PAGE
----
This is a reboot of the series that returns to the original family/murder house. It was directed and co-written by Masayuki Ochiai. Subplots include a group of high school students who visit the house for kicks, and a school teacher who comes to the house out of concern when one of her students is absent for a week.
Ju-On: The Final Curse
This movie follows the continuity of the last film and was directed and co-written by Masayuki Ochiai. A young boy who lost his parents moves in with his aunt and cousin where hauntings begin. A woman named Mai, who sees visions of her dead sister, tries to end the curse once and for all.
Sadako vs. Kayako
This movie is a crossover of the Ring and Ju-On series. It was originally teased as an April Fools joke.
When two college girls watch the cursed video tape (from the Ring) and only have two days to live, they pit evil spirit Sadako against the ghost Kayako (from the murder house) in a bid to save themselves. If the two vengeful spirits destroy each other, the girls will be free.
The Grudge (2020)
The latest American entry in the series takes place at the same time as the 2004 version. Fans familiar with the series will catch references to other films, but new viewers will be able to enjoy the movie without getting lost. Director Nicolas Pesce said the movie is closer to the original Japanese films. He made an effort to shoot it in a claustrophobic style.
So many movie franchises, so little time. While it’s easy for producers to add yet another movie to any long-running series, it’s not so easy to have every one of them qualify as good, quality films. And in some series, all are decent, but none are outstanding. How to decide who gets the top spot for film series narratives where everything is both above average and don’t contain a clunker?
Definition: What’s a movie franchise?
We figure anything beyond a trilogy counts as a true series. Also, I’m looking at stories with an element — any element — of cannon material.
We fudged a few times here. Riddick only makes four films by including Dark Fury, an animated but CANNON inclusion to the series. The Matrix (at least through now, since a 4th movie has been recently announced, but hasn’t been filmed) has an entire cannon series of Animatrix anime. We’re going to take a leap and include those.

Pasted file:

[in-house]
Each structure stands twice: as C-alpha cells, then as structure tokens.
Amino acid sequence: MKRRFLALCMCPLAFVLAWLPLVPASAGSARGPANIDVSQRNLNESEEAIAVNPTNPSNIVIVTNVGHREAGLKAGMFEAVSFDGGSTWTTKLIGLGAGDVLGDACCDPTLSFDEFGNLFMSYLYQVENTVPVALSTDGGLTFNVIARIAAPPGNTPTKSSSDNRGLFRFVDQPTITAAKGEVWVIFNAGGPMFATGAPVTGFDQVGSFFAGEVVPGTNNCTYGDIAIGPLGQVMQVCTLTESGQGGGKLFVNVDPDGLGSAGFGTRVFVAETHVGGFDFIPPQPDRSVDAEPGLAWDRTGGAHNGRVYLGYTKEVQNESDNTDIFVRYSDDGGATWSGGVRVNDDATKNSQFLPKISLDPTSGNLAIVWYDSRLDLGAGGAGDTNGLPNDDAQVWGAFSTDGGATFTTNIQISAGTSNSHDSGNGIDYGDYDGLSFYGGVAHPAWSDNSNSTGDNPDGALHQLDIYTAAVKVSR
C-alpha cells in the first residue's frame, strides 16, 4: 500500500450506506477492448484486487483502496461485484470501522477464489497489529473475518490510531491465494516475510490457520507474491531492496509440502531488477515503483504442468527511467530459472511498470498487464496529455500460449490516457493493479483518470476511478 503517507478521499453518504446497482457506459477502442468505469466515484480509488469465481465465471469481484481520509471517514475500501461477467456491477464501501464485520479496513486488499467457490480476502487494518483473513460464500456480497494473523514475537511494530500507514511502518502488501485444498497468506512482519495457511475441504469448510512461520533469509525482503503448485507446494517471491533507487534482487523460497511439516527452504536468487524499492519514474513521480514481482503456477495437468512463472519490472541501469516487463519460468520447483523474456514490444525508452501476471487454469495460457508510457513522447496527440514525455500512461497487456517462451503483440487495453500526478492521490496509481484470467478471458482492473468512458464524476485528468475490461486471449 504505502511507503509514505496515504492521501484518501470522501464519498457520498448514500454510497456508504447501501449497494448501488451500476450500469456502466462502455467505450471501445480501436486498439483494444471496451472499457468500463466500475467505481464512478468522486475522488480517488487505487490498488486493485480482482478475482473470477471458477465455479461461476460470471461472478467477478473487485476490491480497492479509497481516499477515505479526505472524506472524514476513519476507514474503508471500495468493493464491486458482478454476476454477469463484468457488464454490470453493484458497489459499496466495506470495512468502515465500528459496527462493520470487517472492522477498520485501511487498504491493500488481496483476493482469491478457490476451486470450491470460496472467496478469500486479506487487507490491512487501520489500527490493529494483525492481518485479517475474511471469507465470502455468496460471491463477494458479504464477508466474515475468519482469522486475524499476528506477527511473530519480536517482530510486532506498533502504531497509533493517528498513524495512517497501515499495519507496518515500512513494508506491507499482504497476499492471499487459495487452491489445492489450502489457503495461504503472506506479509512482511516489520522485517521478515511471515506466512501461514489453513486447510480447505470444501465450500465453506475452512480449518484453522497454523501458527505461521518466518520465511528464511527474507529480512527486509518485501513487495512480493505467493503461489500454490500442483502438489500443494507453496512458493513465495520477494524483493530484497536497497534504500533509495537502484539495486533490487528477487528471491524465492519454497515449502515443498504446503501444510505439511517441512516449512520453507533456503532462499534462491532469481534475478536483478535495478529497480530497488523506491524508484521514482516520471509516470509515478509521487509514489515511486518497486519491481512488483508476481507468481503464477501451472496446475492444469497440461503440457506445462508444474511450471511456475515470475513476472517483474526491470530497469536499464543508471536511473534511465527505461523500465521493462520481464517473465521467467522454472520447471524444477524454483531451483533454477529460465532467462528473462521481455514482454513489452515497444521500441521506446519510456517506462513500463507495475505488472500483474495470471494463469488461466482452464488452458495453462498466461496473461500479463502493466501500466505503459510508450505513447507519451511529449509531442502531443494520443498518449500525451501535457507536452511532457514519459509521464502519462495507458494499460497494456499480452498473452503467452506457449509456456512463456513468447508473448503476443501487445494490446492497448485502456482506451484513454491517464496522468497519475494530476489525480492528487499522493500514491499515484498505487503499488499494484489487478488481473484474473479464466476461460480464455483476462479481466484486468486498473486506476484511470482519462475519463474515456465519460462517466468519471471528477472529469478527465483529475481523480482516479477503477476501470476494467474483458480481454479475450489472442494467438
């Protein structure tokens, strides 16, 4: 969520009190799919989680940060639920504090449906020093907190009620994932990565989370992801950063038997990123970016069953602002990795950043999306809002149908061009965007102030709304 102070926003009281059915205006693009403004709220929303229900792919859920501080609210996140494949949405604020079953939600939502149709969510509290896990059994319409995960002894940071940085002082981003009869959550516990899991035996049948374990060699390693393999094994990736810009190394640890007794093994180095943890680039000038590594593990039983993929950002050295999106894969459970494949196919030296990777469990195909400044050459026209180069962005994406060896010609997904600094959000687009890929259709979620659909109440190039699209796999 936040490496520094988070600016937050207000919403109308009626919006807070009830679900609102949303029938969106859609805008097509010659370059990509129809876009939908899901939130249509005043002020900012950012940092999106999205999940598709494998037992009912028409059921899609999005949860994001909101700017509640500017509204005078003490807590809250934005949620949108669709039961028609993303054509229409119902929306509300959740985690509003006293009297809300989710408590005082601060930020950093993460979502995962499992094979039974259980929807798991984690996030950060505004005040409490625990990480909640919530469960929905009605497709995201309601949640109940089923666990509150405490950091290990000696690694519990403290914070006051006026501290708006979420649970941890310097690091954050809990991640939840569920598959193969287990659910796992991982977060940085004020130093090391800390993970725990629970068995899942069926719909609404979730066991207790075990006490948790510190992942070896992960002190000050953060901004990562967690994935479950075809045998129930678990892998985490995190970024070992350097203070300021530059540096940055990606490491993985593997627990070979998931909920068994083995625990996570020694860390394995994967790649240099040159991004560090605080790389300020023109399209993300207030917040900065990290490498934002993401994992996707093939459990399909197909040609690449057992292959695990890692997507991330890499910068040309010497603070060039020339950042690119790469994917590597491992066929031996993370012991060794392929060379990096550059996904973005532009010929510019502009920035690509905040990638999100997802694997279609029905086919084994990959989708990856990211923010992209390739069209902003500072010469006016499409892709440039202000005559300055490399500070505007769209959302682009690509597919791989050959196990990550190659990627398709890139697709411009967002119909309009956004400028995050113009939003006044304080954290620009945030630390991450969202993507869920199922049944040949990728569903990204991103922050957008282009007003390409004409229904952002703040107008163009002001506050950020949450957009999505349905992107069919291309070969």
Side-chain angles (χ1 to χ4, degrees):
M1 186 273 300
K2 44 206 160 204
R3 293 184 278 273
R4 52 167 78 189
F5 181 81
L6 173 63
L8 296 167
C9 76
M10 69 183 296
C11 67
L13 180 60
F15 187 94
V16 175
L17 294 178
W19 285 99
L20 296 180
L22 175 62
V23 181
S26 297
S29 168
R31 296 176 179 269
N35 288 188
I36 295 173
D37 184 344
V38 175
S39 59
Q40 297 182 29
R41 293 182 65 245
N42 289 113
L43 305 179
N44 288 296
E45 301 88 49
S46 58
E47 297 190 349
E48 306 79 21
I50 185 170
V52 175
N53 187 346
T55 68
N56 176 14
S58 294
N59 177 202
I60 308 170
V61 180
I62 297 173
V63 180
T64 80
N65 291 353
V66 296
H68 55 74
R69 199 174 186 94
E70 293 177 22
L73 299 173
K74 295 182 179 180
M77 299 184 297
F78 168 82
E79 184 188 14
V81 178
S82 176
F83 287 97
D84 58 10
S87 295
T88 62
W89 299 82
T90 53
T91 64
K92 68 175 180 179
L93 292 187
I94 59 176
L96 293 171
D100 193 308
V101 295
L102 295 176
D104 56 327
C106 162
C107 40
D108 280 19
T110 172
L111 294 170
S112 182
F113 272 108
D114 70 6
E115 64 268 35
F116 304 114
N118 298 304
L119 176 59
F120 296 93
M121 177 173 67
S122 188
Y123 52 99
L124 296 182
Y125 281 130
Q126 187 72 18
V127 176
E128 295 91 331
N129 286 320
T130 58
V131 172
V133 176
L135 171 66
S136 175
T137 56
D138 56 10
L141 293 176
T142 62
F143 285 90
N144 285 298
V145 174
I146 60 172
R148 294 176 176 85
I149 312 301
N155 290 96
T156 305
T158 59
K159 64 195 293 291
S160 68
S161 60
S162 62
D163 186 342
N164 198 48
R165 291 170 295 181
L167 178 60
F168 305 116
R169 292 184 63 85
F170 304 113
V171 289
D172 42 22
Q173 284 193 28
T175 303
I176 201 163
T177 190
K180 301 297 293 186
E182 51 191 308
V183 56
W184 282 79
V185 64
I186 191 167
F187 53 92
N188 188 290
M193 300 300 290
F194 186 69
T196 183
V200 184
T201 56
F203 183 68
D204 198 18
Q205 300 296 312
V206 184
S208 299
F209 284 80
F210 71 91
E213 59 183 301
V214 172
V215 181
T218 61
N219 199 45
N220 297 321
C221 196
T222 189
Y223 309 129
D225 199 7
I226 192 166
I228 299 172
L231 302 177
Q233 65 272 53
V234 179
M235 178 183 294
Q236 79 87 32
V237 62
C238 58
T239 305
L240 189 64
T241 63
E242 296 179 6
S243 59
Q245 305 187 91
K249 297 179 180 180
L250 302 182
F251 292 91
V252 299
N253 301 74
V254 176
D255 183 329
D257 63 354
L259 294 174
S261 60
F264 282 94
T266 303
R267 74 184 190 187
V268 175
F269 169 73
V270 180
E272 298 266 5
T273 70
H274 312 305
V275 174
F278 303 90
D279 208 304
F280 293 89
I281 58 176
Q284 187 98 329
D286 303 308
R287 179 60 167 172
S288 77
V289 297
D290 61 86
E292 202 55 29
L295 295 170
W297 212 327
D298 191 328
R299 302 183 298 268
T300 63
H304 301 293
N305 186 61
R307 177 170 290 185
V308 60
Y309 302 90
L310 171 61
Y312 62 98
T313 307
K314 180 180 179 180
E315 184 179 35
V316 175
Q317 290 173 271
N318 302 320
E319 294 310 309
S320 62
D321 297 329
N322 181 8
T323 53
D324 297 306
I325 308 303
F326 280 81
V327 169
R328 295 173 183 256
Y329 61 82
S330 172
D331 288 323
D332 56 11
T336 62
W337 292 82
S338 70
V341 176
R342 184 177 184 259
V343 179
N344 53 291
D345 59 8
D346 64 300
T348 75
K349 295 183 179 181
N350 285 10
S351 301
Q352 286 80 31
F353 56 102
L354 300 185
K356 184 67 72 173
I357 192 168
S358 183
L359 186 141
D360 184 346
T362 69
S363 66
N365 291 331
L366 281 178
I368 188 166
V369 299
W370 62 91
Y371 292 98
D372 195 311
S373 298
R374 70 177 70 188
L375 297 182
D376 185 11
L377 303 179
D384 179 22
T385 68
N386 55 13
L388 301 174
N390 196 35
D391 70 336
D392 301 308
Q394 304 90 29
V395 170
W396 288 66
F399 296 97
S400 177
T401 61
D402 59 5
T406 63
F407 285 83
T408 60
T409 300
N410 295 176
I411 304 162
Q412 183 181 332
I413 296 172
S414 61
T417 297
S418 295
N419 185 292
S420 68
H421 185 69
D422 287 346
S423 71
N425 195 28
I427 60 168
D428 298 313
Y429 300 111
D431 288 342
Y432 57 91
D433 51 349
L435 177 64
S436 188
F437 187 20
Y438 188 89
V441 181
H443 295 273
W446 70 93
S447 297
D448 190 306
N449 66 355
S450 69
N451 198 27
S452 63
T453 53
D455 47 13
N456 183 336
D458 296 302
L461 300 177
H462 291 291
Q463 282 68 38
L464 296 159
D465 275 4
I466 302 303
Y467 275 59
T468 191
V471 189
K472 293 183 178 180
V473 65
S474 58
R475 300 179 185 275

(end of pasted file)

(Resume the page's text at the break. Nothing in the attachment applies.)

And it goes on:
So, we’ve decided we have to draw a line somewhere, since linear story-telling material in so many series are all over the map.
Here we go: Soft Reboots are included…Hard Reboots are not. In other words, if the series nods to any previous incarnations and characters, that’s a Soft Reboot (ie – the Kelvin Timeline in Star Trek that refers to our Classic Timeline and has Old Spock and New Spock as continuous characters), but Hard Reboots are out (removing something like Evil Dead from the equation, for example, since the new version goes back to the beginning and erases the entire previous trilogy).
James Bond films are tough that way, and might be based on who was Bond when. Probably. We’re mulling over whether each Bond series has any connective tissue to the last. But clearly with each Batman version, it’s a Hard Reboot from the ones that follow. Which makes detangling DC an issue.
Note: We can’t say we’ve covered every series out there, especially those in the horror genre, which can malinger like old laundry. We see a lot of movies, but aren’t superheroes here. Let me know what I left out in the comment section below.
Interesting “leading” actors note:
Vin Diesel, Harrison Ford, The Arnold, and Sylvester Stallone each have two entire lead role franchises on this list. Wow! We could possibly, maybe, conceivably, say so do Patrick Stewart and Ian McKellen, but those are “starring” roles in large ensemble films, instead of clear leads.
What do you think? We aren’t sure where to draw the line on this, so feel free to chime in to the comments with your opinions. We realize people can get worked up about their favorite movie series, and we want to hear all about it!
So, let’s get to it. Here are the franchises we’re looking at, and our personal, very opinionated comments as we go.
Aliens — Pure disaster from 2 onward. What not to do. ARGHHHH. So much original goodness, so, so wasted. After the first and the sequel, which ROCKED, we can’t recommend anything else. And they keep on trying…to no avail.